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Struck-by-lightning deaths in the United States.


In the United States, the average annual numbers of deaths from lightning exceeds the number from other natural disasters (e.g., earthquakes, tornadoes, and blizzards) (Cooper & Andrews, 1995). Millions of lightning strikes occur every year, and although the risk of being struck is low, the consequences of lightning injuries are serious. Published data indicate that an average of 82 persons die each year, and a preponderance of deaths occur among males and people 15-44 years of age (Centers for Disease Control and Prevention [CDC], 1998). Sequelae of lightning injuries include neurologic and neuropsychologic disorders, seizures, brain injury, spinal artery syndrome, blindness, amnesia, anxiety attacks, and peripheral nerve damage (Cooper, 1995). Fatalities and sequelae are common among young people (Cherington, 2003). Data on the direct and indirect costs of lightning injuries are lacking, yet the magnitude of morbidity and mortality has been documented for decades.

Not everyone struck by lightning dies, and although the National Weather Service issues weather warnings for severe thunderstorms, safety from lightning remains each person's responsibility because no OSHA regulations exist to protect workers. Ongoing analyses of struck-by-lightning deaths are needed to alert and remind the public of this danger.

To determine the recent epidemiologic characteristics of lightning-related deaths in the United States, two data sources were analyzed: the National Center for Health Statistics (NCHS) mortality tapes, and the Census of Fatal Occupational Injuries (CFOI).


The authors analyzed data from CDC's National Center for Health Statistics (NCHS) multiple-cause-of-death public-use data tapes (CDC, 2003) for the interval from January 1, 1995, through December 31, 2000. These mortality data were compiled from death certificates submitted from the vital-records offices of all 50 states in the United States and the District of Columbia. Unnatural causes of death are recorded on the death certificate by the medical examiner or coroner--whenever an autopsy is performed, whenever a case is referred for investigation, or whenever the death falls under his or her jurisdiction (e.g., unnatural or suspicious deaths)--according to a format specified by the World Health Organization and endorsed by CDC. NCHS data were coded according to the International Classification of Diseases codes (ICD-9) (World Health Organization, 1977) for cause of death, including underlying external cause of death. The authors identified lightning deaths through external-cause-of-death Code E907 (lightning) for the years 1995 through 1998 (ICD-9). Multiple-cause-of-death tapes for 1999 and 2000 were coded in accordance with the ICD-10. The external-cause-of-death code corresponding to lightning in this new coding scheme is X33. The different coding schemes did not affect lightning deaths because the match from ICD-9 to ICD-10 was simple and straightforward. The issue of comparability between the two revisions of the ICD is more complicated, however, and goes beyond simply finding a comparable code (Anderson, Minino, Hoyert, & Rosenberg, 2001).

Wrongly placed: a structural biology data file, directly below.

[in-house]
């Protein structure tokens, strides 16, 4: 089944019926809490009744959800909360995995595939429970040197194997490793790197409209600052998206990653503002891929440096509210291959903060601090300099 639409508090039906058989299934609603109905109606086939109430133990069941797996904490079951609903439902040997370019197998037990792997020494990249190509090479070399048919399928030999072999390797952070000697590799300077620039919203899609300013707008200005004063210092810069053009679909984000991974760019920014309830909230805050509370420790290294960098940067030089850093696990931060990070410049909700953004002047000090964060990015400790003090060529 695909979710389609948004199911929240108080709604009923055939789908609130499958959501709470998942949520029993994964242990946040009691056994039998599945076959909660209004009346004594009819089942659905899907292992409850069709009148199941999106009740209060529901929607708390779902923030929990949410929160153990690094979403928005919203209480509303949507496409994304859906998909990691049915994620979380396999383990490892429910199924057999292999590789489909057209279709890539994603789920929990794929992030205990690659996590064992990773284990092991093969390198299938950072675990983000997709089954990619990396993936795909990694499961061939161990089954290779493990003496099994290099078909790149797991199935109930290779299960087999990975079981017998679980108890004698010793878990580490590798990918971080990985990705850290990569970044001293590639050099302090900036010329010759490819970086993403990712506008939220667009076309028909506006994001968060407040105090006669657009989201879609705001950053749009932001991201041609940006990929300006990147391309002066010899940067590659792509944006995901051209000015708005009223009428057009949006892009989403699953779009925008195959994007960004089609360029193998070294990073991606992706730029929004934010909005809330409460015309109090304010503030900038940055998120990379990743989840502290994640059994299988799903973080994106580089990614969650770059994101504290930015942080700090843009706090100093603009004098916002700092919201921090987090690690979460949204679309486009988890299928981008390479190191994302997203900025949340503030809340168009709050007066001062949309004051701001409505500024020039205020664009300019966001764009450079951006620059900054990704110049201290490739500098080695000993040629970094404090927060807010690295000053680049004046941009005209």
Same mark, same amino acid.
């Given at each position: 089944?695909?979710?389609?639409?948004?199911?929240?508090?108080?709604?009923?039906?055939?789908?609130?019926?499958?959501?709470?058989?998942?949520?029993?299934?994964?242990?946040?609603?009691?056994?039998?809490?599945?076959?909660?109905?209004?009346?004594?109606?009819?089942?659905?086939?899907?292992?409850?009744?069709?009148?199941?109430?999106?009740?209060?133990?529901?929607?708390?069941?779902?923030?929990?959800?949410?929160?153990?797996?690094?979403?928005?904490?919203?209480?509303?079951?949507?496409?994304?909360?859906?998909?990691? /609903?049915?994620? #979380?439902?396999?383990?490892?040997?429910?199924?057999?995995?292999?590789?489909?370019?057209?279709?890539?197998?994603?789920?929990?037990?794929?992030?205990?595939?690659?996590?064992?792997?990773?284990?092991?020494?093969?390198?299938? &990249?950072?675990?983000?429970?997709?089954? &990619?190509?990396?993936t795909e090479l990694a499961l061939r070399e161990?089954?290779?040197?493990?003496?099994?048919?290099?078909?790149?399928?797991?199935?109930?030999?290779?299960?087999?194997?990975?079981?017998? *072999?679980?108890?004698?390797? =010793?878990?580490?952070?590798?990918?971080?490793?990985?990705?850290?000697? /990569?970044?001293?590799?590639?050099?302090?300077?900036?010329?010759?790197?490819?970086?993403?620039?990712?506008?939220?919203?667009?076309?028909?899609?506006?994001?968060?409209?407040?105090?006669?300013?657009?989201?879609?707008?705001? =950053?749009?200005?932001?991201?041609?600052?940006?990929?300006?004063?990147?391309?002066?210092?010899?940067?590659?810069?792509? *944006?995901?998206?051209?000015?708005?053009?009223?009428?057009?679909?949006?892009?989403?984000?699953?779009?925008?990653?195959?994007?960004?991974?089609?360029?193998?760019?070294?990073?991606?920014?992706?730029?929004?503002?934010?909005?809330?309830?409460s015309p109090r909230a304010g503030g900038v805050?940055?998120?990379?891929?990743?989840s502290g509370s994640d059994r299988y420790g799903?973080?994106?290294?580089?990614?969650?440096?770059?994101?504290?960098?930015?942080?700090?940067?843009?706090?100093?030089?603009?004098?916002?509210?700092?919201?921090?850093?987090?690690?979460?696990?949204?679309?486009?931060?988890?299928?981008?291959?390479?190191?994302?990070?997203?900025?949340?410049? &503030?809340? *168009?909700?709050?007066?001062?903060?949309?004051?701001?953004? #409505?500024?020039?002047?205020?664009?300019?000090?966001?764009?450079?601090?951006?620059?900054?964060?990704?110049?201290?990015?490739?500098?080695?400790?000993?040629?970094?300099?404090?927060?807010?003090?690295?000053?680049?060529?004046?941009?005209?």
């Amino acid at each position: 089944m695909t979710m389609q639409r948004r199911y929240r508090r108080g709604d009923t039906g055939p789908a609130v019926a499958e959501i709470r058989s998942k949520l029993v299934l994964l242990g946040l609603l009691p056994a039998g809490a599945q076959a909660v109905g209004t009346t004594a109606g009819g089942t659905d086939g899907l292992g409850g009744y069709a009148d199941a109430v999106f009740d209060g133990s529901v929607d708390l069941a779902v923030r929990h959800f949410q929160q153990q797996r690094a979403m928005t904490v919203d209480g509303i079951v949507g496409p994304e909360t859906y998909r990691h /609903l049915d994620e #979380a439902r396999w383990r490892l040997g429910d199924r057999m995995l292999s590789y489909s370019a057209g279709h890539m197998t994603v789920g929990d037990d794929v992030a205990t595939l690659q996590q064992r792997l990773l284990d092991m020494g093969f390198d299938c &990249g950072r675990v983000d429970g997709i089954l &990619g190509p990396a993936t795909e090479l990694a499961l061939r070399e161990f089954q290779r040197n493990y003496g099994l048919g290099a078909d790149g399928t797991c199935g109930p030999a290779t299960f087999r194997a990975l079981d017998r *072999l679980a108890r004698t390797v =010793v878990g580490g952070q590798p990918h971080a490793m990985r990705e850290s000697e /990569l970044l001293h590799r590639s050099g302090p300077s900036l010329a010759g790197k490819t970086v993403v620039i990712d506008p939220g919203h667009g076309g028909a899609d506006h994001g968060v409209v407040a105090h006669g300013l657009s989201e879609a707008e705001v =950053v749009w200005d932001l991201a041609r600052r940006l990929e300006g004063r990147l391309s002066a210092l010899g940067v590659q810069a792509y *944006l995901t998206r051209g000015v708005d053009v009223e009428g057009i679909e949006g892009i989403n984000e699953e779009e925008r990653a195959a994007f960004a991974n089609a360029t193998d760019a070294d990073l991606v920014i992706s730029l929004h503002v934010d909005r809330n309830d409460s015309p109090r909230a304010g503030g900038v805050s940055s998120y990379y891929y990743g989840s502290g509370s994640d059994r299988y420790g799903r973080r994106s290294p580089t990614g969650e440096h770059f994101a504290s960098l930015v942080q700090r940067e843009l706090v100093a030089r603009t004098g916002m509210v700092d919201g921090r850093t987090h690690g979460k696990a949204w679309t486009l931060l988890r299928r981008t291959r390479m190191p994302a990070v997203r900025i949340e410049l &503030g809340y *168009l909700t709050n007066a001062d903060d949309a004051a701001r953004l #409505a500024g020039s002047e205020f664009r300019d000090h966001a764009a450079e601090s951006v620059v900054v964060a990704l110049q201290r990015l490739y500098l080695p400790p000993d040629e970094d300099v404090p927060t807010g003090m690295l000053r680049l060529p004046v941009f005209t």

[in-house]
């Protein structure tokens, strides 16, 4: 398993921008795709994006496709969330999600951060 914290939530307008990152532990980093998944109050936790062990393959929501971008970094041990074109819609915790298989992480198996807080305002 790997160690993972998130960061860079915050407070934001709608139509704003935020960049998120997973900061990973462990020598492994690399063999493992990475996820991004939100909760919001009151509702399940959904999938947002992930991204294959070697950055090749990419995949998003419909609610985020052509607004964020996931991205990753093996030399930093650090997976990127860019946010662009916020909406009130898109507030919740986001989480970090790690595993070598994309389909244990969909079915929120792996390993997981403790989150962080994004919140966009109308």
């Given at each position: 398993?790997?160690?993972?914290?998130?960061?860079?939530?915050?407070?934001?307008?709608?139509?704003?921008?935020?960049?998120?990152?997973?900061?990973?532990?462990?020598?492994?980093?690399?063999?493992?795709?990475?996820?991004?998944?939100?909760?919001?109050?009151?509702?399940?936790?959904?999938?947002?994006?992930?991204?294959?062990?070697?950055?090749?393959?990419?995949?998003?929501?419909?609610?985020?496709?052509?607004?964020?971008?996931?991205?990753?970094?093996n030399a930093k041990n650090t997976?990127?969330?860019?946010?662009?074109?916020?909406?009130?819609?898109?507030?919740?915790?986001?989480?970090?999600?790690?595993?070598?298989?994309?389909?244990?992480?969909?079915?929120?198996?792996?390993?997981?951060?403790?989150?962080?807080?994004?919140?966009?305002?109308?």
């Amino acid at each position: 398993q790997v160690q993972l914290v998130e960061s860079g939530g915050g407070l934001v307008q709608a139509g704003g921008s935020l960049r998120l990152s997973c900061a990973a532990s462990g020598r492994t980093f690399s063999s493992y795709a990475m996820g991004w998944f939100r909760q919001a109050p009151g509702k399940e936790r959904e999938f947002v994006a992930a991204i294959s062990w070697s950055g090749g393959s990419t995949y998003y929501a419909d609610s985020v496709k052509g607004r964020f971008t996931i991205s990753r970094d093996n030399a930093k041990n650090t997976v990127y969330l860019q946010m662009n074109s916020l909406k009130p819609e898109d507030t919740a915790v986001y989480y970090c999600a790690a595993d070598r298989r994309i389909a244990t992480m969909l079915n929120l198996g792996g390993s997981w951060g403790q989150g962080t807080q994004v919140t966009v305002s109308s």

The frequencies of lightning incidence during the reporting period were presented for specific age groups (0-19 years, 20-44 years, and [greater than or equal to]45 years) and race (white, black, other). The authors did not calculate fatality rates for characteristics such as race or by state because of low cell counts. Rates were calculated on the basis of U.S. resident estimates from population microdata files maintained by the Census Bureau for individual years (U.S. Census Bureau, 2003). Appropriate 95 percent confidence intervals were calculated for the rates on the basis of standard errors for random variation in the number of deaths each year, as recommended by NCHS (Murphy, 2000). Negative binomial regression was used to determine the significance of the decline in rates during the interval (Cummings, Norton, & Koepsell, 2001).

The Census of Fatal Occupational Injuries (CFOI) is maintained by the Bureau of Labor Statistics (BLS) (Windau, Jack, & Toscano, 1998). Because the CFOI is compiled from different federal, state, and local administrative sources, the data cover all 50 states and the District of Columbia. CFOI is the most comprehensive work-related surveillance data system in the United States. Data are compiled from death certificates, worker's compensation reports and claims, reports to various regulatory agencies, medical-examiner reports, police reports, and news reports. Participating state agencies verify all fatal occupational injuries and obtain descriptive information on the circumstances surrounding each fatal event. Fatalities are counted if at least two data sources indicate a work relationship or a single-source document contains sufficient information for inclusion (Windau et al., 1998). CFOI data have been available since 1992.

CFOI data are coded for source, nature, body part involved, and the type of event leading to the work fatality, in accordance with the Occupational Injury and Illness Classification System (OIICS) (American National Standards Institute, 1996), a coding system developed by BLS. Industry is coded according to the 1987 Standard Industrial Classification System (SIC), a classification of establishments by their structure and economic activities (U.S. Office of Management and Budget, 1987). A key requirement for inclusion of cases in the surveillance system is that the decedents must have been employed (wage and salary workers) at the time of the event, engaged in a legal work activity, or present at the site as a requirement of their job.